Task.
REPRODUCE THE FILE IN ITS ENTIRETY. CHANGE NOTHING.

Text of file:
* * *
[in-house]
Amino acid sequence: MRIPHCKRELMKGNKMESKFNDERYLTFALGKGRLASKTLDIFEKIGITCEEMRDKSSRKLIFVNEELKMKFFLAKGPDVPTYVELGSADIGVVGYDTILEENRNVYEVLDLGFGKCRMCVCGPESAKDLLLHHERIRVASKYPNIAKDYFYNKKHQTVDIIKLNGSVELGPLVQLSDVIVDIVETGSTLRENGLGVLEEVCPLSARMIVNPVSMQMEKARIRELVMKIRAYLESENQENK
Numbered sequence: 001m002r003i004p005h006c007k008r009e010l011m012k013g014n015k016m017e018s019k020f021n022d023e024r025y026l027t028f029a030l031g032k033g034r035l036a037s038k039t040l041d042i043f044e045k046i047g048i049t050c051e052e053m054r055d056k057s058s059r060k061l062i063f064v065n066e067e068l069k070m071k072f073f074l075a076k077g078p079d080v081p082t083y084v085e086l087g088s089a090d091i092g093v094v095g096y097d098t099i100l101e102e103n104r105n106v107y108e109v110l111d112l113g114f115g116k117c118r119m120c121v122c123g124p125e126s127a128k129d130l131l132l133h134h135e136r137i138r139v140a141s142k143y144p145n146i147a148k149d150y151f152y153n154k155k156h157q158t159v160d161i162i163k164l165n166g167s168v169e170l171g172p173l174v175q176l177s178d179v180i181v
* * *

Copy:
[in-house]
Amino acid sequence: MRIPHCKRELMKGNKMESKFNDERYLTFALGKGRLASKTLDIFEKIGITCEEMRDKSSRKLIFVNEELKMKFFLAKGPDVPTYVELGSADIGVVGYDTILEENRNVYEVLDLGFGKCRMCVCGPESAKDLLLHHERIRVASKYPNIAKDYFYNKKHQTVDIIKLNGSVELGPLVQLSDVIVDIVETGSTLRENGLGVLEEVCPLSARMIVNPVSMQMEKARIRELVMKIRAYLESENQENK
Numbered sequence: 001m002r003i004p005h006c007k008r009e010l011m012k013g014n015k016m017e018s019k020f021n022d023e024r025y026l027t028f029a030l031g032k033g034r035l036a037s038k039t040l041d042i043f044e045k046i047g048i049t050c051e052e053m054r055d056k057s058s059r060k061l062i063f064v065n066e067e068l069k070m071k072f073f074l075a076k077g078p079d080v081p082t083y084v085e086l087g088s089a090d091i092g093v094v095g096y097d098t099i100l101e102e103n104r105n106v107y108e109v110l111d112l113g114f115g116k117c118r119m120c121v122c123g124p125e126s127a128k129d130l131l132l133h134h135e136r137i138r139v140a141s142k143y144p145n146i147a148k149d150y151f152y153n154k155k156h157q158t159v160d161i162i163k164l165n166g167s168v169e170l171g172p173l174v175q176l177s178d179v180i181v